Noctambulist – Atmospheres of Desolation

Band: Noctambulist
Title: Atmospheres of Desolation
Label: Blood Harvest Records
Release Date: 21 January 2019
Country: United States
Format reviewed: MP3 320kb

It’s safe to say that in the past few years death metal had some sort of renaissance with a lot of promising bands that either went back to the origins of the genre, like Tomb Mold, Scorched, Skullcrush, Undergang, or tried to crush boundaries and show us a new meaning of the word extreme, a movement that includes bands like Mylingar, Hissing or Howls of Ebb. Also part of the latter category is NOCTAMBULIST, a band from Denver, that plays some twisted, dissonant and demented death metal.

The band formed in 2016 and released their debut in January. Upon listening to the album it may seem a bit hard to believe this is only their first album. The musicianship is outstanding for such a young group. It’s true, the members were previously members of different bands, but it’s almost exclusively brutal death metal, which you definitely can hear strains of, but the album is not reduced to only that. It has complexity, it has an atmosphere and you can be certain it packs a punch.

“Atmospheres of Desolation” consists of six tracks, one being an intro, summing up to 27 minutes. The opener, “Dimming Light Illuminate”, takes it at a slow pace, being comprised of a few chords and minimalist percussion before transitioning to white noise accompanied by piercing vocals, but the second track begins a full-on assault. It feels nauseating, however, this should be considered a good thing. The drumming is like a raging storm determined to wreak havoc and shatter eardrums. The third track, “Atmospheres of Desolation” has almost the same pattern, although in the middle of it it has a bit of room to breathe, with a few seconds of clean guitar and a similar break is also found in the song “Denial of Autonomy”. A thing that is evident throughout the album is the fact that it is not guitar-centered, but rather the accent falls on the percussion and the vocals and they manage to make it engaging nonetheless.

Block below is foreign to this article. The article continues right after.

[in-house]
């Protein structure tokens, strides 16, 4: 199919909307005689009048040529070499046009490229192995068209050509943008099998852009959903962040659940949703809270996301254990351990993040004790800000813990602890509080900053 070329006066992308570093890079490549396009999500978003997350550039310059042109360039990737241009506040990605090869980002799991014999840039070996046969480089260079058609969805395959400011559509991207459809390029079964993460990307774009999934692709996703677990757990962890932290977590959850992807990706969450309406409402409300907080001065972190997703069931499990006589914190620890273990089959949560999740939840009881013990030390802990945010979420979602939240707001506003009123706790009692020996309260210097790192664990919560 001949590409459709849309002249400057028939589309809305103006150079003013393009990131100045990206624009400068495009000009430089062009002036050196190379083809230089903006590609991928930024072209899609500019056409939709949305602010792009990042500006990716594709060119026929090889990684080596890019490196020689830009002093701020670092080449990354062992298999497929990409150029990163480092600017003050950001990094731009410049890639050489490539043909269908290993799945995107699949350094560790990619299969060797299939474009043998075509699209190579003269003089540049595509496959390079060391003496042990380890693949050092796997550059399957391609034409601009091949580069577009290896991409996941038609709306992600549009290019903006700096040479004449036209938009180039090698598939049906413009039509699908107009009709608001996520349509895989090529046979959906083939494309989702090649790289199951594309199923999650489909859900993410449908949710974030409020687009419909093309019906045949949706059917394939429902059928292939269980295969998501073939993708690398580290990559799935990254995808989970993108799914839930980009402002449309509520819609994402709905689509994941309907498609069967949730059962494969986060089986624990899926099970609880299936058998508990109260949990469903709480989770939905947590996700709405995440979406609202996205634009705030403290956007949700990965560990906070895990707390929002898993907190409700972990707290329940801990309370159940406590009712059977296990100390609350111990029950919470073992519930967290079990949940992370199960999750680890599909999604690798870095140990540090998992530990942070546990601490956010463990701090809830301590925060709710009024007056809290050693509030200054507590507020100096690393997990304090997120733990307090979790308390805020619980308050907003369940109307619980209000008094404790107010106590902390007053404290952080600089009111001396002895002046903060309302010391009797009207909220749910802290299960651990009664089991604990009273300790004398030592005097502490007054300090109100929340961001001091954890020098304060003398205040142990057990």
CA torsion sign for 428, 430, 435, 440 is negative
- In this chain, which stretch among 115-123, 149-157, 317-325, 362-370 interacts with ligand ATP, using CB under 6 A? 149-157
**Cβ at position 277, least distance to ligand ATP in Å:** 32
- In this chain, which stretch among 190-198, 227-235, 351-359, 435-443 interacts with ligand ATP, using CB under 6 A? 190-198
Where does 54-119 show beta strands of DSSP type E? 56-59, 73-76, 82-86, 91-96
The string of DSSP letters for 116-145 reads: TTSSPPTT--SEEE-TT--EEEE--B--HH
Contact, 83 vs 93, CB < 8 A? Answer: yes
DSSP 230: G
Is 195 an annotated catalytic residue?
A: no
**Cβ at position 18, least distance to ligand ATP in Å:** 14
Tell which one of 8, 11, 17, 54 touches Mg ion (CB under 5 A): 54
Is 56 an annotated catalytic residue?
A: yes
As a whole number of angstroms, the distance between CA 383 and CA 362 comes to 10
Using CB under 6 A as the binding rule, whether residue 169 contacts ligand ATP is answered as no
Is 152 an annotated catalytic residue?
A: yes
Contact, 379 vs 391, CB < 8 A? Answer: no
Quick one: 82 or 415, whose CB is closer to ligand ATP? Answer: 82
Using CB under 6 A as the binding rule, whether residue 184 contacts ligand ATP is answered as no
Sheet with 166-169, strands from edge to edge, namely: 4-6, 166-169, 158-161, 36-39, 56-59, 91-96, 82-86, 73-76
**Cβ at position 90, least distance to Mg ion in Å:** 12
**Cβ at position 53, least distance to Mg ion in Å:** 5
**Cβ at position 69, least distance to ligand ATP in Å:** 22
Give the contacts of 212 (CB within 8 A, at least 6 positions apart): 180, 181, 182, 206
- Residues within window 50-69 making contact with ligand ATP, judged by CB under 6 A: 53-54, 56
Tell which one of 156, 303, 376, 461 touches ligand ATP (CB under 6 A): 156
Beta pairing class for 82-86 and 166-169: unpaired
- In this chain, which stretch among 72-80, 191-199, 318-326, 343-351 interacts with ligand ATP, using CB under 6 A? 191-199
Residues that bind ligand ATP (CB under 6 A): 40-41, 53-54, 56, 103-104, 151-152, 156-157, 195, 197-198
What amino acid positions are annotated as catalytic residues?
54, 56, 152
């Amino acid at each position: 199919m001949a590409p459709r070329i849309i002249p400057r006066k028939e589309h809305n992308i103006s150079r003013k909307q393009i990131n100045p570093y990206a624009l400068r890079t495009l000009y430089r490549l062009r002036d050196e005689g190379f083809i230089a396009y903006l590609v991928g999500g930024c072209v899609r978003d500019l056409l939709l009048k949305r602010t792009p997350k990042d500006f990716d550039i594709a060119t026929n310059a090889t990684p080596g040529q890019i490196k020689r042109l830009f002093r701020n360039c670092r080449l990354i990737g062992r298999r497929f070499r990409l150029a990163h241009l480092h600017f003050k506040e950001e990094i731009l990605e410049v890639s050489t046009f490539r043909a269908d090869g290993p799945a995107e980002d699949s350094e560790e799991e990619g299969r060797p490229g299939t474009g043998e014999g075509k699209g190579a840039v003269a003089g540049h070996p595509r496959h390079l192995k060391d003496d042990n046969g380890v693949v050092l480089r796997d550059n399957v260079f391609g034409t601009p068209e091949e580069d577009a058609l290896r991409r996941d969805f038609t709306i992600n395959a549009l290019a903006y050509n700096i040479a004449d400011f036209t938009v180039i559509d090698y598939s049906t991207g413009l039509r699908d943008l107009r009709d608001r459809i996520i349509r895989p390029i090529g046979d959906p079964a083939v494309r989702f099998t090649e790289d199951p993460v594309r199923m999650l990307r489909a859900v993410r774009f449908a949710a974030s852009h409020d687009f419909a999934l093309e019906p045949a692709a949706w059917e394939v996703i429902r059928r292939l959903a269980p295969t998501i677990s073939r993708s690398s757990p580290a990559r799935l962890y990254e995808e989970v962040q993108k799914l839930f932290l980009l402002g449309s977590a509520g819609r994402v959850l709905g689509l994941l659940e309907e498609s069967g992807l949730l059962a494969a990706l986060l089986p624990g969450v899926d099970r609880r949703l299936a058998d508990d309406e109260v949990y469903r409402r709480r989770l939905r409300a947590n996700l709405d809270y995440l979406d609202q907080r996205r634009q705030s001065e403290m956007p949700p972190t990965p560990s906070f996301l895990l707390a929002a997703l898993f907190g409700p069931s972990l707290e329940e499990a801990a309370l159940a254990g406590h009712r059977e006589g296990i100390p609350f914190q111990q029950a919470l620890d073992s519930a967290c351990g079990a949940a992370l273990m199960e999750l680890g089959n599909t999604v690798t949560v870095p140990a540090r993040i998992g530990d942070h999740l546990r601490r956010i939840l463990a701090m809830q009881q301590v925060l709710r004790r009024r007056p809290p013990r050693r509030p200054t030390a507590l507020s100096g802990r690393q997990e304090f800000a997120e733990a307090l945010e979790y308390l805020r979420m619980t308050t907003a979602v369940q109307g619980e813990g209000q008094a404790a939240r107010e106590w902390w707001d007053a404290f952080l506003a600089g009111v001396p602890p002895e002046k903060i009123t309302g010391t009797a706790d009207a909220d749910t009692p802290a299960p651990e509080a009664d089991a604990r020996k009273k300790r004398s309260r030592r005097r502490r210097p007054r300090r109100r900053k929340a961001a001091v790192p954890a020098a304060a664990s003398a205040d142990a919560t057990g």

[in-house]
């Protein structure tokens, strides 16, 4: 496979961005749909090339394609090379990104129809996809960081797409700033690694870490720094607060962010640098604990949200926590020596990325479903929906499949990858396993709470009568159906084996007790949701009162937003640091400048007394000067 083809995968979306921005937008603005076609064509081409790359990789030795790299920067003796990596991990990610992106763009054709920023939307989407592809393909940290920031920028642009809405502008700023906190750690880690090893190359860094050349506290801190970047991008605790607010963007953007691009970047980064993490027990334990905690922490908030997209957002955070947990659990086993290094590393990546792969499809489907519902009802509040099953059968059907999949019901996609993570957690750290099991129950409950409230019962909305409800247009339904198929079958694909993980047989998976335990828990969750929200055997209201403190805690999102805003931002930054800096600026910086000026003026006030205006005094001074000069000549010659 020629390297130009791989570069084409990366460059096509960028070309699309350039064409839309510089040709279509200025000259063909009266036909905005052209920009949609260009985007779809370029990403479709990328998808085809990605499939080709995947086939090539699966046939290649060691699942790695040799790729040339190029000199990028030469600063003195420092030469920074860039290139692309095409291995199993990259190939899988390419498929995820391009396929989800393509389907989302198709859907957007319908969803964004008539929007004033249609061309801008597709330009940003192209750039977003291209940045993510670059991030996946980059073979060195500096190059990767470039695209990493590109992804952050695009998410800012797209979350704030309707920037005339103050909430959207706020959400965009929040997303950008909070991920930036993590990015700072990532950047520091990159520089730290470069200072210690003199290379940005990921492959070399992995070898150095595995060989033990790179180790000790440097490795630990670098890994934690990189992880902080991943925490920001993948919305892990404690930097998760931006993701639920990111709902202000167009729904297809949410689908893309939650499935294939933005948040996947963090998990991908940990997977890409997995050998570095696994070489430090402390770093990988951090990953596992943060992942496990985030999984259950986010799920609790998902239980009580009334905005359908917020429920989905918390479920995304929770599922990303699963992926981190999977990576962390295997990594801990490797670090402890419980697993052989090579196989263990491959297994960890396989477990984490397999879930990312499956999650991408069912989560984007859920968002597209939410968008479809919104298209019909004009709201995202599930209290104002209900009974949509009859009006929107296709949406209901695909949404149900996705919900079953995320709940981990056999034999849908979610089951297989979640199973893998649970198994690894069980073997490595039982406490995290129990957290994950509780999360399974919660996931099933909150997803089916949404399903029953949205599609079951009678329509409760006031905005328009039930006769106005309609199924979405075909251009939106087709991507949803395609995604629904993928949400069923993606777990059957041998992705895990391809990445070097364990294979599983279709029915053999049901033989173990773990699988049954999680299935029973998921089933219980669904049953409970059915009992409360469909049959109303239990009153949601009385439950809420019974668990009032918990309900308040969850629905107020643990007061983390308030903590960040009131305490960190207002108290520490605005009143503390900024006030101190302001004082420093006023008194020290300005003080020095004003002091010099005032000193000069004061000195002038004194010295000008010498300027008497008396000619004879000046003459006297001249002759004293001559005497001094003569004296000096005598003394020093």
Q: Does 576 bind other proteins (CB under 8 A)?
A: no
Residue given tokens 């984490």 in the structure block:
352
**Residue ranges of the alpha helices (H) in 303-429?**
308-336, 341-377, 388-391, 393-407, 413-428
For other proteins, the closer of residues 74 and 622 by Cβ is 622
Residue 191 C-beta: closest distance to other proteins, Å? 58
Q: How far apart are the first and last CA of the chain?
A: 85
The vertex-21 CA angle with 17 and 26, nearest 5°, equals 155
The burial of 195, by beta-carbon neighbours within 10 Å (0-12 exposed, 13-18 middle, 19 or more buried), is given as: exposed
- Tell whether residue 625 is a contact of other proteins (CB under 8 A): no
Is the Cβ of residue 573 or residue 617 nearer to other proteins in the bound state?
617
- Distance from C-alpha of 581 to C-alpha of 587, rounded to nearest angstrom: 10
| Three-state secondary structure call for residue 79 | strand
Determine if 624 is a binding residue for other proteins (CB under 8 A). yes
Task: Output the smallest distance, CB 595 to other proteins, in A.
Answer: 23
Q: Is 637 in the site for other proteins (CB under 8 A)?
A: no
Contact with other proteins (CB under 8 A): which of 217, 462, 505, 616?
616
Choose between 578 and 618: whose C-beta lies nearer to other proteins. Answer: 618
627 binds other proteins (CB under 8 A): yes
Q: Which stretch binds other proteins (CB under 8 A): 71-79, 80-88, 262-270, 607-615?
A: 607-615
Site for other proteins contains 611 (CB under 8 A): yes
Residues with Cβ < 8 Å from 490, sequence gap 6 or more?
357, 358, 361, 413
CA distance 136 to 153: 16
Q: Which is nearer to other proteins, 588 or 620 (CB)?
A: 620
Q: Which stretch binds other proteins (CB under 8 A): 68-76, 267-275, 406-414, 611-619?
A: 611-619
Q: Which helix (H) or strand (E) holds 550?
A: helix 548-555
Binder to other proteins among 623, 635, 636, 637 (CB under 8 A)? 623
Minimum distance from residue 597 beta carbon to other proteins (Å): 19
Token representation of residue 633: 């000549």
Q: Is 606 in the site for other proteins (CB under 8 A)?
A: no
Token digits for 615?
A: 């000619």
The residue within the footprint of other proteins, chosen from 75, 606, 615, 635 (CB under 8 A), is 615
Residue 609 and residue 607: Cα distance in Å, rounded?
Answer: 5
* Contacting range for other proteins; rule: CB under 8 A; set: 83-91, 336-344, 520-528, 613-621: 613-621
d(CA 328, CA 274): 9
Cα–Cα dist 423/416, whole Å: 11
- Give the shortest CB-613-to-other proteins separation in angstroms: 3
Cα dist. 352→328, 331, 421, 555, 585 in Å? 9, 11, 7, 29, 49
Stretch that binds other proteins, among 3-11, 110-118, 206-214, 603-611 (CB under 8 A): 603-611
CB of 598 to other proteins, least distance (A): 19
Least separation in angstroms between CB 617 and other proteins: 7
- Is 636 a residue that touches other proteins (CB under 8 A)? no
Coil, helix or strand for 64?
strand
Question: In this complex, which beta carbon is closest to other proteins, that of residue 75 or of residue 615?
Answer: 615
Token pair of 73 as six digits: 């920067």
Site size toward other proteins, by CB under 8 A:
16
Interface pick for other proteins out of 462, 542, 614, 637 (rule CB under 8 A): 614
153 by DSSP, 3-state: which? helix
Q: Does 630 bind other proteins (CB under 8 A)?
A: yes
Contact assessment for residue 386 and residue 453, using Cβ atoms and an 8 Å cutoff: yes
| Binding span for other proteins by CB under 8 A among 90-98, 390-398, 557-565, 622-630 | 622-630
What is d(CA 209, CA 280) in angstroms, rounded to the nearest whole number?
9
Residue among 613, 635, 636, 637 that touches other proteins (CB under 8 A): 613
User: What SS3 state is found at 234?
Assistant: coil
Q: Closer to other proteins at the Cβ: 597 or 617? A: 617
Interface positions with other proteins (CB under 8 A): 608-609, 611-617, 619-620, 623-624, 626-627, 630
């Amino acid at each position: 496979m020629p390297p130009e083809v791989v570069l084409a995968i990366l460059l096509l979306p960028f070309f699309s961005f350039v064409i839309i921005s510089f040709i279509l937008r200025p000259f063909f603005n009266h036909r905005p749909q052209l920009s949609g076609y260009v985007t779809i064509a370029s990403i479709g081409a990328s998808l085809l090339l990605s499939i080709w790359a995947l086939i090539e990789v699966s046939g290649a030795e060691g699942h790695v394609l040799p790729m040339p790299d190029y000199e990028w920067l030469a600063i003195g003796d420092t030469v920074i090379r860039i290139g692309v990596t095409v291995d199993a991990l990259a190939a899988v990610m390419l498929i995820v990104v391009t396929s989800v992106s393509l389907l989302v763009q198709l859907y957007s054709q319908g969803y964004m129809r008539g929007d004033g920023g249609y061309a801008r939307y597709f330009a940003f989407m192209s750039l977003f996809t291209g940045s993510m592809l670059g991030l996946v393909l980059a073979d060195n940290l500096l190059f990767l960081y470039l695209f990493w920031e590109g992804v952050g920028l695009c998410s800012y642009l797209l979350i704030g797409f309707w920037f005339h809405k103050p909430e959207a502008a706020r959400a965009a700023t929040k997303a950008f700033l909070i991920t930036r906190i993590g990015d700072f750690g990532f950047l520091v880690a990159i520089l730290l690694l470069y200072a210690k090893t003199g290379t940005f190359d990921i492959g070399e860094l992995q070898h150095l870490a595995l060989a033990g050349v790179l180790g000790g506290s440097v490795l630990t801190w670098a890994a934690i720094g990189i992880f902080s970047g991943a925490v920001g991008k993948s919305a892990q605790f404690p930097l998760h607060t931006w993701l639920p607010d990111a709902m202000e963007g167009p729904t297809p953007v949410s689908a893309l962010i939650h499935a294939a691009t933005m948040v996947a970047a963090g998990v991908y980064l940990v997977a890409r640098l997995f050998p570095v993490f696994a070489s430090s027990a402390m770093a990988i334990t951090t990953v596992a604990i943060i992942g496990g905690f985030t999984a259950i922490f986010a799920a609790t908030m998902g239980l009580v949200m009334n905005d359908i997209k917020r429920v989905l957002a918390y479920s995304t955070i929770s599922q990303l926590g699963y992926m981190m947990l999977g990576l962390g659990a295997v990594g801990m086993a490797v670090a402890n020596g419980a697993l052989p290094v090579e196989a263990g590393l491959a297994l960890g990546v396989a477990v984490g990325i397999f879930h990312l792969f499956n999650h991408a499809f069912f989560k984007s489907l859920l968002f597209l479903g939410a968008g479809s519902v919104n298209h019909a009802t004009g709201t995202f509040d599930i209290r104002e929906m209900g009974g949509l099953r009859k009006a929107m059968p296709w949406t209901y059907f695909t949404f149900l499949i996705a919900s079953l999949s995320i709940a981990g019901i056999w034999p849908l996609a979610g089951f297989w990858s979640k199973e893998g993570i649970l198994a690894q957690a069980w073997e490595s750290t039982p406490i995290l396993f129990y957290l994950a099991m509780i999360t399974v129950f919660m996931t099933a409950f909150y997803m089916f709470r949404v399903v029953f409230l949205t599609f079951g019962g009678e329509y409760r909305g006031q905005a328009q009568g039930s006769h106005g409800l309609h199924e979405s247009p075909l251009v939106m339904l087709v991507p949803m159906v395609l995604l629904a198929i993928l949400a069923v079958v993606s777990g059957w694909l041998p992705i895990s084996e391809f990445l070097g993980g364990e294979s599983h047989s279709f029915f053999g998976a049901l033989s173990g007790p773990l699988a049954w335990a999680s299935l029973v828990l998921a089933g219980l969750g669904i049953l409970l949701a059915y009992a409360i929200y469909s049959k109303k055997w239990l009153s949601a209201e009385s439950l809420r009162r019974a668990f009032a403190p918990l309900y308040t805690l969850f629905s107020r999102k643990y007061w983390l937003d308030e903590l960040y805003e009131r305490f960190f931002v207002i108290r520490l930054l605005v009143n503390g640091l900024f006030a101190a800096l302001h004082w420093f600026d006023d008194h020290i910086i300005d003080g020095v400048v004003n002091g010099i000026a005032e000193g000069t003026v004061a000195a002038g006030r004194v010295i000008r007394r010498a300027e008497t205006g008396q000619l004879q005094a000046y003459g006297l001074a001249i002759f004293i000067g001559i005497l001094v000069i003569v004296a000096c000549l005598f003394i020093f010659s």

Even so, I still have some issues with this record. First of all, the band’s sound is similar to Ulcerate. In my opinion, a bit too similar. They try to copy the formula that Ulcerate uses but they lack the complexity. It’s not as layered and it does not sound as massive as their influence does. Also, the songs are short for this style of death metal. When you want to make an atmospheric release, you have to let things sink in, without rushing them too much. 27 minutes of playtime is not enough for you to get the claustrophobic feeling they shoot for. The breaks I talked about don’t really help either. On a 5 minute song having a 30-second break and also 1 minute of feedback is excessive, especially when the average length of the song on the album is 4 minutes and 30 seconds. These elements help for building a solid ambiance, but you need to have intricate songs so the listener has something to explore and in this way you give the album a bigger replay value.

All in all, I can’t say “Atmospheres of Desolation” is not good. I found myself enjoying it more and more after every listen, despite its shortcomings. The prowess of the band is definitely there and I expect great things from them down on the path of their career. 7/10 Metal Gentleman

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